For the slow looking activity, three artworks were highlighted by Eskenazi, though guests were encouraged to pick any piece in the collection:

Swing Landscape” by Stuart Davis

“Matter” video by Adam Magyar
Below is a still image from the video.

“Flight of a Thousand Birds” by Anila Agha

To facilitate individual slow looking and discussions, the museum re-used their slow looking hand-out from last year (with a few tweaks). We invite all museum curators and Slow Art Day hosts to view the particularly well-designed hand-out below.

Keaton Clulow, Public Experiences Manager, shared that the puzzle contest was particularly popular. For that, guests were asked to spend at least ten minutes with “Swing Landscape” by Stuart Davis before attempting to put together a giant 3D puzzle of the piece from memory. 

Visitor viewing “Swing Landscape” by Stuart Davis.

The museum was also successful at involving all generations, including young people (see below).

Slow looking participant viewing an artwork in the museum. Photo by Shanti Knight.

At Slow Art Day HQ we love the creativity the Eskenazi brings to designing its Slow Art Day activities. We know we would enjoy working on the “slow-puzzle.”

We can’t wait to see what the Eskenazi Museum of Art comes up with for next year’s Blooming citywide event (which may turn into a statewide event – stay tuned).

-Johanna, Ashley, Jessica Jane, and Phyl

P.S. You can follow @eskenazimuseum on Facebook and Instagram.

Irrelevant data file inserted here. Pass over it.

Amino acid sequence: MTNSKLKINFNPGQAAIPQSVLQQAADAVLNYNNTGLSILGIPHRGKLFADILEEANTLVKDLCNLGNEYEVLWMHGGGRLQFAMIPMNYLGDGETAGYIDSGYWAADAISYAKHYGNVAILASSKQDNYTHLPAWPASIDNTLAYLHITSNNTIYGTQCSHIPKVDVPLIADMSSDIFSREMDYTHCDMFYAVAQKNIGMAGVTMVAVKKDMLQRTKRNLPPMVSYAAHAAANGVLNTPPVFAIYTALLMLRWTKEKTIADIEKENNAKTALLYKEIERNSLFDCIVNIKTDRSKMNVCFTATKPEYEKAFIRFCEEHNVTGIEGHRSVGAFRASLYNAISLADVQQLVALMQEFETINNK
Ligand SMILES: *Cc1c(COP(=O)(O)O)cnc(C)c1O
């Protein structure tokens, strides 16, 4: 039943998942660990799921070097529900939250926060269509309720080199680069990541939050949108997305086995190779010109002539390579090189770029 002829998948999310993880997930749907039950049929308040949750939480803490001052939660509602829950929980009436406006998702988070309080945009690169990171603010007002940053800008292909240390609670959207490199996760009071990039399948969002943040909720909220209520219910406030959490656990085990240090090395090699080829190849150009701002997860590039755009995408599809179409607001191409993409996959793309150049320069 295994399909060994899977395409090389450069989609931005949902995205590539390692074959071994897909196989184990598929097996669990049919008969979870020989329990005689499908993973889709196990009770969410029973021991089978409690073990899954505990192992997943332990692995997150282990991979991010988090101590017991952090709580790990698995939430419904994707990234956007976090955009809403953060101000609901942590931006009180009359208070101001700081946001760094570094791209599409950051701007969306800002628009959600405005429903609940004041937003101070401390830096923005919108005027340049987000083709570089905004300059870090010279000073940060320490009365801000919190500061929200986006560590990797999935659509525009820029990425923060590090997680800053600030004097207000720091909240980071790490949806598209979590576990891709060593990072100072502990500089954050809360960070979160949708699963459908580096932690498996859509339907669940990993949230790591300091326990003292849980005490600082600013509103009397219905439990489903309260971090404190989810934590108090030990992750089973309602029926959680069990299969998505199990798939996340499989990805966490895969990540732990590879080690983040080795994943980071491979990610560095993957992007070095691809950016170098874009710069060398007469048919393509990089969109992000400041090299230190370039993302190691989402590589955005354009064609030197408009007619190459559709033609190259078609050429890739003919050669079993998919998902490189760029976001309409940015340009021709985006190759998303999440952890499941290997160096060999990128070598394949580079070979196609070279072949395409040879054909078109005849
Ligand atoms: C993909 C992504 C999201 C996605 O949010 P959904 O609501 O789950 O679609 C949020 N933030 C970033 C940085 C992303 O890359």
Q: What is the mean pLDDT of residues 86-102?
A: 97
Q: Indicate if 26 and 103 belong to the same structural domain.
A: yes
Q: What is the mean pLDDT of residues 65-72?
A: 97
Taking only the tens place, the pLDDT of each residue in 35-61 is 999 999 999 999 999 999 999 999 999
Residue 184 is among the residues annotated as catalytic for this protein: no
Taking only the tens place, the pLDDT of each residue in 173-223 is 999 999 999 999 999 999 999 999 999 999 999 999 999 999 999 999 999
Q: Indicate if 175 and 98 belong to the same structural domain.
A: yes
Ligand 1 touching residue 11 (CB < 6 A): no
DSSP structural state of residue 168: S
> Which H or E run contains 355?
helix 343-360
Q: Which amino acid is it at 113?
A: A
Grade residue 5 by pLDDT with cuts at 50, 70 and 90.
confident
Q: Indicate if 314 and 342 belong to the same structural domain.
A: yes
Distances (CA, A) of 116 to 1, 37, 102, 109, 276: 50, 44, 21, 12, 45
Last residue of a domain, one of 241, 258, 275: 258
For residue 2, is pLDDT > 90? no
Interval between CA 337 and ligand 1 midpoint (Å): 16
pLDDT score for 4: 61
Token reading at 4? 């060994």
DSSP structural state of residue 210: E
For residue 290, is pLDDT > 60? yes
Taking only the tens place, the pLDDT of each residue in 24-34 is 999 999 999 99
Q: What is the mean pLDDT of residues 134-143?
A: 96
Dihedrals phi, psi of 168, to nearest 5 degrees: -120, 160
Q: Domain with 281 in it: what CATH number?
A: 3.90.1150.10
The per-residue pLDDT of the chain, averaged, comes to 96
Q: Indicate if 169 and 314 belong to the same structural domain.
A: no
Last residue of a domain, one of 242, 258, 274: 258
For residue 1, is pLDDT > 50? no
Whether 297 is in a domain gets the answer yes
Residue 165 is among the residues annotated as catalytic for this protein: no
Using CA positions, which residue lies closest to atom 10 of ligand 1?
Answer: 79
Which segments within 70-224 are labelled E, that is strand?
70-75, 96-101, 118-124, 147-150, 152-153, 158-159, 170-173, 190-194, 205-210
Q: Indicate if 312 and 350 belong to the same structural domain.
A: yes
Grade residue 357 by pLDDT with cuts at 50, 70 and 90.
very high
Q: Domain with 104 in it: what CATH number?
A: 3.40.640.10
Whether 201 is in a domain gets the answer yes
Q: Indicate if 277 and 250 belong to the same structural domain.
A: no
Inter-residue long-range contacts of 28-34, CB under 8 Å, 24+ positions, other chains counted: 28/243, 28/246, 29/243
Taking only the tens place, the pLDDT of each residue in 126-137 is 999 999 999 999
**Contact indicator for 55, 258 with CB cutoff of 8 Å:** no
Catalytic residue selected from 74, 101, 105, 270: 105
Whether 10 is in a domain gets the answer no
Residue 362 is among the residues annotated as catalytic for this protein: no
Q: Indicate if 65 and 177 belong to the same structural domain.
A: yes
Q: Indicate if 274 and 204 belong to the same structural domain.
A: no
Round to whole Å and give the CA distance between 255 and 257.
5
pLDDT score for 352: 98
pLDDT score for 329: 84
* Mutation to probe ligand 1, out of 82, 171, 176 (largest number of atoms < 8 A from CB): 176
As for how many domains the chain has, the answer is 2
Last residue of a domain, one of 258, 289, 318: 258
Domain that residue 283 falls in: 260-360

P.P.S. The museum asked us to include this statement: The museum wishes to acknowledge and honor the myaamiaki, Lënape, Bodwéwadmik, and saawanwa people, whose ancestral homelands and resources Indiana University Bloomington occupies.

Slow Art Day in Köping, Sweden

June 12th, 2024

For their second Slow Art Day, Köpings Museum in Sweden organized both an in-person as well as an online slow-looking event. Additionally, this year the local library in Köping participated in Slow Art Day by borrowing a painting from the museum to use for slow looking.

Visitors to Köpings Museum were invited to join a slow-looking guided tour in the exhibit “A picture – a story” (“En bild – en historia”) by Ulf Rehnholm and Inger Holmberg.

Exhibition poster for the exhibition “A Picture – A History”

Visitors were also offered the below slow-looking instructions (in Swedish) for a self-guided option, as well as paper binoculars to help focus on details in the art.

The museum also offered an online slow-looking alternative through their Facebook page, where they shared instructions and the below photo of “Solar Altar” by Lars Lindeberg from the museum’s collection.

“Solar Altar” by Lars Lindeberg (1925-2011). Color lithograph, 1999. The artwork belongs to Köping municipality’s art collection. The image was used for Köpings Museum’s digital Slow Art Day event.

At Slow Art Day HQ, we love seeing the library and museum work together – this is a great partnership that should inspire other museums around the world to work with their local libraries. Perhaps next year we will see more such partnerships develop.

In the meantime, we look forward to what Köpings Museum and the Köping Library come up with for 2025.

-Johanna, Ashley, Jessica Jane, and Phyl

P.S. Stay up to date with future events at Köpings museum via their Facebook page